Take Two: THE X-FILES Season 1 (Part 3) - Give Me My Remote : Give Me My Remote

Take Two: THE X-FILES Season 1 (Part 3)

July 10, 2023 by  

THE X-FILES Season 1 Part 3

Credit: Fox

On Friday, September 10, 1993, Fox debuted THE X-FILES. Now, ahead of the show’s 30th anniversary, Give Me My Remote is looking back at all 11 seasons (and the two feature films) in a new daily series Take Two.

If you’ve read About Last Night, this will be formatted in a similar way: Each episode will get its own subsection/reaction, though in this case there may be slight spoilers or alluding to what comes ahead in the series. In the event a major spoiler is discussed, there will be a warning to be extra safe. Each Take Two will cover approximately 5 episodes and will wrap up the Friday before the show’s 30th birthday.

(I’ll also note how I’m watching the episodes, because some of the streaming platforms have utilized syndicated cuts of this show.)

Today, we’re continuing with season 1!

(These were viewed on the original season 1 DVD set—released back in 2000. The episodes are streaming for free on Freevee or with a Hulu subscription.)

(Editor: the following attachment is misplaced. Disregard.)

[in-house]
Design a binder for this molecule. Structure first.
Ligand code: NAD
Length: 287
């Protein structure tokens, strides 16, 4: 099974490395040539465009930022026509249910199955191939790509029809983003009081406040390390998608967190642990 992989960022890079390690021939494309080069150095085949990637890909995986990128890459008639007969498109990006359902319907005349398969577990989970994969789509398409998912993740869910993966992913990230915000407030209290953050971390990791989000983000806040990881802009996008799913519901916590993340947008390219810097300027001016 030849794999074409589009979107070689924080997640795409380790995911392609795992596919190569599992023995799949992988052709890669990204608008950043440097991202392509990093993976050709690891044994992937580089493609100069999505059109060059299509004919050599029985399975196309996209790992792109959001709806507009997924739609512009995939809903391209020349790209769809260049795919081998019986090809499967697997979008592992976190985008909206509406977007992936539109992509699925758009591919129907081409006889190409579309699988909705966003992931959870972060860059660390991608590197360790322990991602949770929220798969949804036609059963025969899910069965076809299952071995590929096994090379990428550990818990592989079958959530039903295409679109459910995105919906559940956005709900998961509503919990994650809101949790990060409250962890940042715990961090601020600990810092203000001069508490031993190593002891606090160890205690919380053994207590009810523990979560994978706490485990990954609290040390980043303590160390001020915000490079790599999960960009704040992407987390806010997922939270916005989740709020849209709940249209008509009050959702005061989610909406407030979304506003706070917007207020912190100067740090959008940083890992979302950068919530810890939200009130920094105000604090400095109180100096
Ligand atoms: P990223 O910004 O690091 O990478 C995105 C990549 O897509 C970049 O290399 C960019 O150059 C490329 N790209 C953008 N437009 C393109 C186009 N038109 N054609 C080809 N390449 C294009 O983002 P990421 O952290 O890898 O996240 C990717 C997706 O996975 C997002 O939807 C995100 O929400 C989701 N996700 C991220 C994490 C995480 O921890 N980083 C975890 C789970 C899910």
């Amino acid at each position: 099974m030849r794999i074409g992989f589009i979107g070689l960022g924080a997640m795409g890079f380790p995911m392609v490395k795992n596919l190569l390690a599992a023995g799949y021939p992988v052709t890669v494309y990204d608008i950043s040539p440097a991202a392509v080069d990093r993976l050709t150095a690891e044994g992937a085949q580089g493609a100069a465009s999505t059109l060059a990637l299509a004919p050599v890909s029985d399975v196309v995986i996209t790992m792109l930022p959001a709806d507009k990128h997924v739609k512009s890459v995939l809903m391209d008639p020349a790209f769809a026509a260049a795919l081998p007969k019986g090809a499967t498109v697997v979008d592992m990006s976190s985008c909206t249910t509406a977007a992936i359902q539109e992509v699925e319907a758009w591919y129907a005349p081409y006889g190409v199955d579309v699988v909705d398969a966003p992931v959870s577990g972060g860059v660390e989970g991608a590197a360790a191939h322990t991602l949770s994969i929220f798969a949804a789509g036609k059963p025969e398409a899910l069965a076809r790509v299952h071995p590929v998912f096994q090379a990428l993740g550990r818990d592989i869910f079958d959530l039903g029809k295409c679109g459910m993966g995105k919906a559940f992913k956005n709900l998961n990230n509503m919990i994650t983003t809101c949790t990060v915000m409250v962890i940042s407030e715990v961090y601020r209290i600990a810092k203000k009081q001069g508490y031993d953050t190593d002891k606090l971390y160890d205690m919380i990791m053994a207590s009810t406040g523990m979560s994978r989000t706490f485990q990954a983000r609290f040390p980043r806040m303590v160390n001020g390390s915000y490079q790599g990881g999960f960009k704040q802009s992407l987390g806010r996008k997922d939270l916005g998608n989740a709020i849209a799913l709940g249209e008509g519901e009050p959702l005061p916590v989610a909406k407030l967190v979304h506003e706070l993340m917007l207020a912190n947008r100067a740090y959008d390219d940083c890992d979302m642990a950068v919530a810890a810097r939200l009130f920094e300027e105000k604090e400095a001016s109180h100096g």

This is probably my favorite episode of this batch, in part because Harriet Harris, Erika Krievins, and Sabrina Krievins are so good as the Eves. Creepy children aren’t a revolutionary storytelling device, but Erika and Sabrina were so good. (It’s also absolutely insane they did nothing after this. I hope that was their choice.)

It’s also from an era when IVF was still relatively new—they had to explain it within the series. And I can’t imagine what kind of manipulative horror stories might have been going around about worst-case scenarios and how this could be abused within the real-life news at the time. (Of course, XF itself gets into…deeply complicated, at best, territory with its own way of handling fertility and reproductive abuse later in the series, so this is in some ways just the start of that thread.)

But it’s a fun episode. Mulder and Scully getting briefly outsmarted by a couple of kids—moments after they’re in peak mom-and-dad-mode at the restaurant—never fails to crack me up.